NEW YORK - Museums usually study the past, but one museum, with help from automotive experts, tried to figure out the future of the automobile.
No, it's not the rocket-powered vision of former crystal-ball-gazers, but it is filled nonetheless with dramatic changes in technology, design and maybe even ownership patterns.
Ultimately, the Museum of Modern Art in gridlocked midtown Manhattan has used its two-month-long exhibit of nine new cars and a related symposium to drive home this point: By using advanced technology and innovative design, carmakers can cope with the environmental and societal problems their products cause and still satisfy most customer demands for comfort, performance and utility. They can do it with advanced materials, new powerplants and better ways of using interior space.
'I am ultimately optimistic about the future of the automobile,' said Christopher Mount, the assistant curator of the museum's architecture and design department, who organized the exhibit.
This upbeat view came from someone who lives in New York City, doesn't own a car and admits he was skeptical about what he would find when he began planning the exhibit and symposium.
He and his museum colleagues chose for the exhibit nine cars that they say embody the kinds of problem-solving technologies and design features that will be needed in the 21st century.
Mount said his principal goal was to find cars with 'good design that is affordable and available to everyone.' They range from the Ford Ka, which is marketed in Europe, to the DaimlerChrysler CCV concept, a low-cost car made of recycled plastic and designed for developing countries.
The exhibit, 'Different Roads: Automobiles for the Next Century,' is displayed in the museum's sculpture garden, through Tuesday, Sept. 21.
The museum began its tradition of exhibiting automobiles with a 1951 show. Symposium participant Ron Hill, chairman of transportation design at the Art Center College of Design in Pasadena, Calif., said that initial show 'helped to de-trivialize the art and pursuit of designing automobiles.'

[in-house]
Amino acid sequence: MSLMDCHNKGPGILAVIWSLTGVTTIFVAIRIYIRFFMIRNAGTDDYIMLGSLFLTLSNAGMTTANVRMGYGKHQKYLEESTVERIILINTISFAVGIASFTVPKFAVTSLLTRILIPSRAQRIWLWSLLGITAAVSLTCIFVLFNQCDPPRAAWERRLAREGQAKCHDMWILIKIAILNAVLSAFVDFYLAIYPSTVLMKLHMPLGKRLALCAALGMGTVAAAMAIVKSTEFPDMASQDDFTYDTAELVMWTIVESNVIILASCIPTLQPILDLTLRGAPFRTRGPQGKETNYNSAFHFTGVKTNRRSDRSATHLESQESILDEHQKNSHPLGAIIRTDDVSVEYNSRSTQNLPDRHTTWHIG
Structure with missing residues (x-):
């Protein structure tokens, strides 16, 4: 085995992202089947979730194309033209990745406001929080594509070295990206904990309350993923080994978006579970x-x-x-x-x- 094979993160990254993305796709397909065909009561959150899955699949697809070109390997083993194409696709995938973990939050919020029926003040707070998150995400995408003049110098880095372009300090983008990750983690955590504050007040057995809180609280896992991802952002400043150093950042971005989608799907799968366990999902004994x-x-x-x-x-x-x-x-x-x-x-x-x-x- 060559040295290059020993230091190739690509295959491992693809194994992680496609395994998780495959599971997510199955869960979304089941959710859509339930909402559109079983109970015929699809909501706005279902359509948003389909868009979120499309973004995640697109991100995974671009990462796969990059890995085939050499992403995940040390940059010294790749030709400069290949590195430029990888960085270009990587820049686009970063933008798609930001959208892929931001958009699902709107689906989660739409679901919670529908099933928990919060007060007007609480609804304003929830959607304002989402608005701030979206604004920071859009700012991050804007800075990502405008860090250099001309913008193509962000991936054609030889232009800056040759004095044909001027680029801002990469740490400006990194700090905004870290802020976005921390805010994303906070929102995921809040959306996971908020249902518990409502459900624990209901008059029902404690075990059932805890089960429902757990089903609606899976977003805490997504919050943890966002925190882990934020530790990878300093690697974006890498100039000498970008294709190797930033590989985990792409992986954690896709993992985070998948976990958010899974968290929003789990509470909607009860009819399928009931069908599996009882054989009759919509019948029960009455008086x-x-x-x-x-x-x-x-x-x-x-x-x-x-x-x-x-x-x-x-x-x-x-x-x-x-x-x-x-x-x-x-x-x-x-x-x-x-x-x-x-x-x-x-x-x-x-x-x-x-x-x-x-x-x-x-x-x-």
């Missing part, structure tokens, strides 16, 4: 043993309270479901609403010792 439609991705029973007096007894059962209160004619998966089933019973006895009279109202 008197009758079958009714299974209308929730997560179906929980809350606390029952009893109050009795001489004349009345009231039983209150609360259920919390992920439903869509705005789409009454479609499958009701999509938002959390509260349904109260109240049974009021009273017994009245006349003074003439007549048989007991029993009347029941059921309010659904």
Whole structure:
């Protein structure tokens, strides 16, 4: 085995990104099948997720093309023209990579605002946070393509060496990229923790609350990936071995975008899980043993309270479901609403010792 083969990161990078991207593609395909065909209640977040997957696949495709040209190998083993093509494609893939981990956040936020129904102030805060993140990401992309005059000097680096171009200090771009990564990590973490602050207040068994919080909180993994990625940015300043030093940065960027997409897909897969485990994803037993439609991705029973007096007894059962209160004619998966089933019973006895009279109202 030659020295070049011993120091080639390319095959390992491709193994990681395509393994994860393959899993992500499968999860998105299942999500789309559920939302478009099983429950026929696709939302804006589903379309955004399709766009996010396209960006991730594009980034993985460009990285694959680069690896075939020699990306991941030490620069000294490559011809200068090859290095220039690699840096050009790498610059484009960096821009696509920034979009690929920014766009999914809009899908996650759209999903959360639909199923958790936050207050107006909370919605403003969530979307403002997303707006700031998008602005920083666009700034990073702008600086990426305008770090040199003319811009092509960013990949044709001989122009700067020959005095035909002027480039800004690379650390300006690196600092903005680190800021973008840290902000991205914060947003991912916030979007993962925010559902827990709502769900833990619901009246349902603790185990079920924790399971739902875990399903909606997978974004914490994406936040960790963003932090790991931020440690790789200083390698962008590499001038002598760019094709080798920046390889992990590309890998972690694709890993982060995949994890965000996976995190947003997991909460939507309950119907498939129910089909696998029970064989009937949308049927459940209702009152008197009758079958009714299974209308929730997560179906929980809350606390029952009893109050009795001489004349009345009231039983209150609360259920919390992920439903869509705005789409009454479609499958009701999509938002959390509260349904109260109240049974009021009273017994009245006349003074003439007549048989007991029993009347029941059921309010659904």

While the latest exhibit focused on hardware, some speakers at the symposium concentrated on possible changes in the car-owner relationship. They envision a system in which a consumer could buy time-shares of a variety of vehicles in a pool. He or she then could choose, for example, the small commuter car for around-town errands, the pickup truck for weekend hauling or the convertible sports car for a first date.
Jim Hall, vice president for industry analysis of AutoPacific Inc., a consulting firm, said the groundwork already is laid: 'Leasing has done a lot to decouple the concept of vehicle ownership. There are people for whom it is just usage of a car.' Hall said vehicle sharing would be the equivalent of 'selling miles to customers,' or comparable to allowing consumers into company car programs.
Dan Sturges, director of the New Mobility program at the German-American design firm known as 'frogdesign,' envisions a similar development in communities that choose to allow only golf-cart-sized vehicles in their neighborhoods. Residents would share bigger, longer-range vehicles for trips outside the neighborhoods.
Here are other viewpoints that were presented at the Sept. 7 event:
Symposium speaker Robert Riley, author of a book called Alternative Cars in the 21st Century: A New Personal Transportation Paradigm, said the excitement he sees among designers and engineers convinces him they are up to reinventing today's cars and trucks.
While it is true that current vehicles are far cleaner and more efficient than those of the past, the expected worldwide explosion in car and truck population makes more big changes
necessary. Otherwise, Riley said, there will be environmental and economic disaster.
'If it wasn't broken, we wouldn't have to fix it,' he said.
Not everyone is optimistic.
Jane Holtz Kay, author of Asphalt Nation: How the Automobile Took Over America and How We Can Take It Back, said the 'tech fix' won't overcome all the car's problems.
Harald Diaz-Bone, a scientist with the Wuppertal Institute for Climate, Environment and Energy in Germany, said he is concerned that European travel habits are becoming more and more like those in the United States. 'We are using more of nature than we have,' Diaz-Bone said.